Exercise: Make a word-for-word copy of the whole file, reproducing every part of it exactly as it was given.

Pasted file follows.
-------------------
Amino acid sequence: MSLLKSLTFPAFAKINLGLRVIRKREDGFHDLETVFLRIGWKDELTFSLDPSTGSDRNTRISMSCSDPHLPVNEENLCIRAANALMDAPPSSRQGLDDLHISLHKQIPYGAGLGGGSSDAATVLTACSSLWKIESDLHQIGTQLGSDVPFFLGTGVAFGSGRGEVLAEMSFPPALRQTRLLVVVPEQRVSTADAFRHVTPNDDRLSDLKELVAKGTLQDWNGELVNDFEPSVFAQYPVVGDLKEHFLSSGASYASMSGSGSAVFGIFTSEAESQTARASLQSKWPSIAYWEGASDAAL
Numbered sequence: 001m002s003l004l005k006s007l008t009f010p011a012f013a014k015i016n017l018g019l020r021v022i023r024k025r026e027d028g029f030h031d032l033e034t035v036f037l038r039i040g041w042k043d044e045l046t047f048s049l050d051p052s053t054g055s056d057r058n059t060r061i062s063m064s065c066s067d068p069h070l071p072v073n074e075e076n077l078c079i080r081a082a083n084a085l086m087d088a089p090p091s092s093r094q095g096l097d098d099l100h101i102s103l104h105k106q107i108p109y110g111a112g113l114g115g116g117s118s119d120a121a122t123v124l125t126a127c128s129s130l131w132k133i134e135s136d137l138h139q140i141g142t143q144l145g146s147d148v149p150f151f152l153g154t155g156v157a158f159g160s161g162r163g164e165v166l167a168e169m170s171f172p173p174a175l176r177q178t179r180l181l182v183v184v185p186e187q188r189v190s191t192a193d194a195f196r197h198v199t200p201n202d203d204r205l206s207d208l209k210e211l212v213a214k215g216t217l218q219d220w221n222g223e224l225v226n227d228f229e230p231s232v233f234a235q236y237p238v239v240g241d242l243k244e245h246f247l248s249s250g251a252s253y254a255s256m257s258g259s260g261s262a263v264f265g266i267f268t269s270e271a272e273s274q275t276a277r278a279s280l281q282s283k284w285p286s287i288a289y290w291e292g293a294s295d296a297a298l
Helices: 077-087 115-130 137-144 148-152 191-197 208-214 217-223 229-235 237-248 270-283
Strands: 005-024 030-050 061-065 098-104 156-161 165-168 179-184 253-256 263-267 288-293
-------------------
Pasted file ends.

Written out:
Amino acid sequence: MSLLKSLTFPAFAKINLGLRVIRKREDGFHDLETVFLRIGWKDELTFSLDPSTGSDRNTRISMSCSDPHLPVNEENLCIRAANALMDAPPSSRQGLDDLHISLHKQIPYGAGLGGGSSDAATVLTACSSLWKIESDLHQIGTQLGSDVPFFLGTGVAFGSGRGEVLAEMSFPPALRQTRLLVVVPEQRVSTADAFRHVTPNDDRLSDLKELVAKGTLQDWNGELVNDFEPSVFAQYPVVGDLKEHFLSSGASYASMSGSGSAVFGIFTSEAESQTARASLQSKWPSIAYWEGASDAAL
Numbered sequence: 001m002s003l004l005k006s007l008t009f010p011a012f013a014k015i016n017l018g019l020r021v022i023r024k025r026e027d028g029f030h031d032l033e034t035v036f037l038r039i040g041w042k043d044e045l046t047f048s049l050d051p052s053t054g055s056d057r058n059t060r061i062s063m064s065c066s067d068p069h070l071p072v073n074e075e076n077l078c079i080r081a082a083n084a085l086m087d088a089p090p091s092s093r094q095g096l097d098d099l100h101i102s103l104h105k106q107i108p109y110g111a112g113l114g115g116g117s118s119d120a121a122t123v124l125t126a127c128s129s130l131w132k133i134e135s136d137l138h139q140i141g142t143q144l145g146s147d148v149p150f151f152l153g154t155g156v157a158f159g160s161g162r163g164e165v166l167a168e169m170s171f172p173p174a175l176r177q178t179r180l181l182v183v184v185p186e187q188r189v190s191t192a193d194a195f196r197h198v199t200p201n202d203d204r205l206s207d208l209k210e211l212v213a214k215g216t217l218q219d220w221n222g223e224l225v226n227d228f229e230p231s232v233f234a235q236y237p238v239v240g241d242l243k244e245h246f247l248s249s250g251a252s253y254a255s256m257s258g259s260g261s262a263v264f265g266i267f268t269s270e271a272e273s274q275t276a277r278a279s280l281q282s283k284w285p286s287i288a289y290w291e292g293a294s295d296a297a298l
Helices: 077-087 115-130 137-144 148-152 191-197 208-214 217-223 229-235 237-248 270-283
Strands: 005-024 030-050 061-065 098-104 156-161 165-168 179-184 253-256 263-267 288-293